Review: The All-New Maruti Suzuki Swift
Review: The All-New Maruti Suzuki Swift

The all-new Swift is (almost) everything the older car was, and much more besides.

The all-new Swift is (almost) everything the older car was, and much more besides.


In 2005, two years into my stint as an automotive journalist, Maruti Suzuki launched a hatchback called the Swift. It wasn’t the first of its kind in the market, and it wasn’t particularly revolutionary as a vehicle in terms of technology, but it did a lot of very ‘Maruti’ things from the off – it was easy (and fun) to drive, it was reliable, it looked good and it just worked, in a rather satisfying way. I couldn’t have known it then (although perhaps I should have suspected it), but 12 years later, the Swift would have sold more than 1.7 million units and been the market leader by a ginormous margin. This is nothing new for Maruti Suzuki, of course – the company tends to swat sales figures out of the park with boring regularity (barring a few notable exceptions, like the grossly underrated Kizashi), and successive iterations of models are lapped up by a buying public that never appears to tire of the Indo-Japanese behemoth. I’m pretty certain that this script will play out with the all-new Swift as well.


Is the new Swift the new Dzire with its butt chopped off, you ask? I don’t blame you for asking, since the two cars look much the same when viewed head on, and they’re built on the same HEARTECT platform (kicked off by the Baleno), which is lighter and more rigid than the Swift’s previous platform. There’s absolutely no doubt that the new Swift looks quite different from its predecessor – and yet, you know right away it’s a Swift, which I think many will find comforting.


It’s a more premium-looking, well-rounded hatch now, especially with the LED projector headlights in the topend model, and since it’s longer and wider, it has greater road presence. It looks very sharp in profile, primarily because of its ‘floating’ roof (which calls attention to itself with a blacked-out C-pillar) and the placement of the rear door handles on the C-pillar, which cleans up the doors and makes the car look like a 3-door hatch, rather than a 5-door one. The flip side to this is that you’ll stand there scratching your head, if you can’t spot the handles immediately, and actually opening the doors puts your arm in a slightly awkward position.


The more welcome changes are on the inside, I have to say. The older Swift had a cabin that was functional, at best – this one is far better built and looks significantly plusher. I’m not a big fan of the preponderance-of-black approach to the colour scheme, but that aside, the interior has been given a proper upgrade, with better materials and fit. A lot of it comes from its buttocked sibling, the Dzire, but that was only to be expected – and it’s not an issue, since it all freshens the place up. I like the instrument cluster a lot, and the infotainment screen tilted towards the driver is a neat touch (from the Dzire, again). Since it’s larger, there’s appreciably more room in the cabin too, which is always a welcome thing. By far the best upgrade, however, is the fact that two airbags and ABS are standard across the entire Swift range, and I can’t tell you enough that this needs to be followed by all manufacturers in India, in all cars.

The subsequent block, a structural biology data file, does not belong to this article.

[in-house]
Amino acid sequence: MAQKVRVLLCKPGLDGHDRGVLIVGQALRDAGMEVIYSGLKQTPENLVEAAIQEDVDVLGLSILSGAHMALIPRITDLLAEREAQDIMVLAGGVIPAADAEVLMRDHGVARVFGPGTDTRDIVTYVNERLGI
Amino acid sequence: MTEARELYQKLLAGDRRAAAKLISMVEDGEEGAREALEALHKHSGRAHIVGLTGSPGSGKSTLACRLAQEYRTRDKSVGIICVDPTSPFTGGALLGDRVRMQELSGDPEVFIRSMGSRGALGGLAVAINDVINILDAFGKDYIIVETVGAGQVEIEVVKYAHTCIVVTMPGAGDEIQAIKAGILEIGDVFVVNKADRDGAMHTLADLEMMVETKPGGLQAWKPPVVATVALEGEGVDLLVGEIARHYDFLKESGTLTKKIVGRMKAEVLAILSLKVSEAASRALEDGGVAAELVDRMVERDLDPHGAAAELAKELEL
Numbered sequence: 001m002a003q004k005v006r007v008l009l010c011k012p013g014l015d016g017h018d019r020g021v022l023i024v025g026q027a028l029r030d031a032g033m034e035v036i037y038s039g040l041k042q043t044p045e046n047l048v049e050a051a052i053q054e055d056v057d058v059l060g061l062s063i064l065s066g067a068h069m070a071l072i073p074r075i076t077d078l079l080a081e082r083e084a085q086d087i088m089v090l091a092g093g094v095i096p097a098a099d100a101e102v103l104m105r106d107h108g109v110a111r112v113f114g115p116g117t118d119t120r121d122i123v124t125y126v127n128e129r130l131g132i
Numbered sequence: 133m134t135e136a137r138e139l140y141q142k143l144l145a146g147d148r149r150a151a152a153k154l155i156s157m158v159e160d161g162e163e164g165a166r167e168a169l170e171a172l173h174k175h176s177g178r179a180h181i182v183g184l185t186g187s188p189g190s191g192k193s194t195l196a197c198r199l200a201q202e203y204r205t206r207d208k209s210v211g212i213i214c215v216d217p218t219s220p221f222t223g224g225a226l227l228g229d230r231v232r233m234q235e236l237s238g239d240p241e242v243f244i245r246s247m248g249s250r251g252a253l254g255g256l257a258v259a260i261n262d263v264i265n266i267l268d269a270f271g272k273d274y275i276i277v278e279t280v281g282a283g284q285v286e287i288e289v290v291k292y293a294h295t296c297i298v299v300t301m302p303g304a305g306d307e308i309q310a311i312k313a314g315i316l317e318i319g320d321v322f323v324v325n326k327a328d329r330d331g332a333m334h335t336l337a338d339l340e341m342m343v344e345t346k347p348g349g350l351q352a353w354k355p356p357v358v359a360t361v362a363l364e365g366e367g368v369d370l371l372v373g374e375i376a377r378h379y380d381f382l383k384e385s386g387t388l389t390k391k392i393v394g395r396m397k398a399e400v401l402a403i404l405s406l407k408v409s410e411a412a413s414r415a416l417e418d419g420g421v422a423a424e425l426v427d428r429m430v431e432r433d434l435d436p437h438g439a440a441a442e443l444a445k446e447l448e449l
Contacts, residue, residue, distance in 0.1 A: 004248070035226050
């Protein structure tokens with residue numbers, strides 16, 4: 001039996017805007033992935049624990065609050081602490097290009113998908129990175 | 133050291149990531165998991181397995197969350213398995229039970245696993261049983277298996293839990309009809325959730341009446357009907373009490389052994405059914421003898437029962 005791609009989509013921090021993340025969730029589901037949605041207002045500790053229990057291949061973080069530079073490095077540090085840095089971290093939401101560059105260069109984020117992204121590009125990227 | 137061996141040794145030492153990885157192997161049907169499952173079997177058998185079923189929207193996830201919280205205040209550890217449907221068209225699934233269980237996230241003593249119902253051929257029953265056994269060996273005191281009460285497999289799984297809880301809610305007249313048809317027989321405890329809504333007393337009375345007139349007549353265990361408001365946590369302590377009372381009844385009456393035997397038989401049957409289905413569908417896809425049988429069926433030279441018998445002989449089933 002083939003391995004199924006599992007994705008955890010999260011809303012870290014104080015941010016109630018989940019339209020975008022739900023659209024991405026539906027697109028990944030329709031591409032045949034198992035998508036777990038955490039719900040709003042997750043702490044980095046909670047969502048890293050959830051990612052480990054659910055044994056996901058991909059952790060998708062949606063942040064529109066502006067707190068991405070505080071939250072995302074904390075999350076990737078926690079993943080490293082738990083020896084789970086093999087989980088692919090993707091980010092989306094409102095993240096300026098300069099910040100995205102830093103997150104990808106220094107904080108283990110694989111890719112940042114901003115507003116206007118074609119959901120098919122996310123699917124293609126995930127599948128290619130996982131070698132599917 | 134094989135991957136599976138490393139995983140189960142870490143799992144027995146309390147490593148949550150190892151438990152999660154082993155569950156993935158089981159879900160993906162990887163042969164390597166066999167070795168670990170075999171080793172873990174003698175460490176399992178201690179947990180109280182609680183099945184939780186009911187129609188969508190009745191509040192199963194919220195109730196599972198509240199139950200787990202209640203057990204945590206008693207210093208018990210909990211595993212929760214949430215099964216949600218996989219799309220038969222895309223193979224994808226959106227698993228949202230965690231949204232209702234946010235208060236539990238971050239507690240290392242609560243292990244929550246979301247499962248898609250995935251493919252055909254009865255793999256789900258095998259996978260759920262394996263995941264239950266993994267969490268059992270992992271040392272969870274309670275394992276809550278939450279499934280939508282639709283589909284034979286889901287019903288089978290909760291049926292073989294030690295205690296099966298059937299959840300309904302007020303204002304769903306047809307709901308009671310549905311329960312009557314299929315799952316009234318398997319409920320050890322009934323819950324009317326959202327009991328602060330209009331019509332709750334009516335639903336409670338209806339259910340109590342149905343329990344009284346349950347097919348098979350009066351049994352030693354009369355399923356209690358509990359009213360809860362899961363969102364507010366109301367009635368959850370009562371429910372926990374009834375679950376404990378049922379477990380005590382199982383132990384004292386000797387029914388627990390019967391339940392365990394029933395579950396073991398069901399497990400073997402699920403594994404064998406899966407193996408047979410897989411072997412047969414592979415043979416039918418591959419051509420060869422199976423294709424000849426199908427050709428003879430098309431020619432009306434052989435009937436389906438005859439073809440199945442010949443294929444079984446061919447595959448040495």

The first ever Swift was a hoot and then some to drive, with its stiff suspension and sharp steering, but Maruti began dialling this down from the second iteration, which was a great pity but inevitable, given the preferences of the vast majority of Indian buyers. The new car offers up a sort of middle ground – the HEARTECT platform offers better inherent rigidity all round, which means that the Swift is still fun to drive and handles admirably (and it’s also a damn sight lighter than the older one), allowing you to throw it into corners with aplomb, especially in its petrol guise. Body roll is well controlled, but the big letdown is the steering unit, which is far too lifeless to be in a car that’s meant to be a grown up shoot-and-scoot weapon; its redeeming factor is that it’s flat-bottomed and feels nice and chunky to hold. The ride quality on offer is really impressive, with the car taking on almost everything our roads can throw at it, and the NVH levels are rather good, with just a bit of wind noise.



The engines on offer are the very definition of tried and tested – the venerable 1.2-litre petrol and 1.3-litre diesel units from the previous car, delivering 83 bhp and 113 Nm and 75 bhp and 190 Nm respectively. The petrol engine remains super-smooth and freerevving, while the diesel provides a solid chunk of mid-range grunt, and both will probably last till the end of time. They could, however, use more power, because the new chassis feels like it’s well up to the task of being able to handle a power bump. You get both engines with the option of Maruti’s Auto Gear Shift which, while extremely useful in city traffic, is still too sluggish for my liking – the manual transmissions remain a joy to use. All told, this car is a huge improvement and has all it takes to pummel yet more sales records, but all I have to say to Maruti Suzuki is this: “For the love of all that’s holy, please give us the Swift Sport.” That car has a 1.4-litre, 140 bhp turbocharged petrol engine, which is all that needs to be mentioned.


What we like


Looks, refinement, all-round abilities


What we don’t


Slightly underpowered engines


Maruti Suzuki Swift


Engine: 1.2-litre petrol/ 1.3-litre diesel


Transmission: 5-speed manual and 5-speed AGS


Max power: 83bhp/75bhp


Peak torque: 113Nm/190Nm

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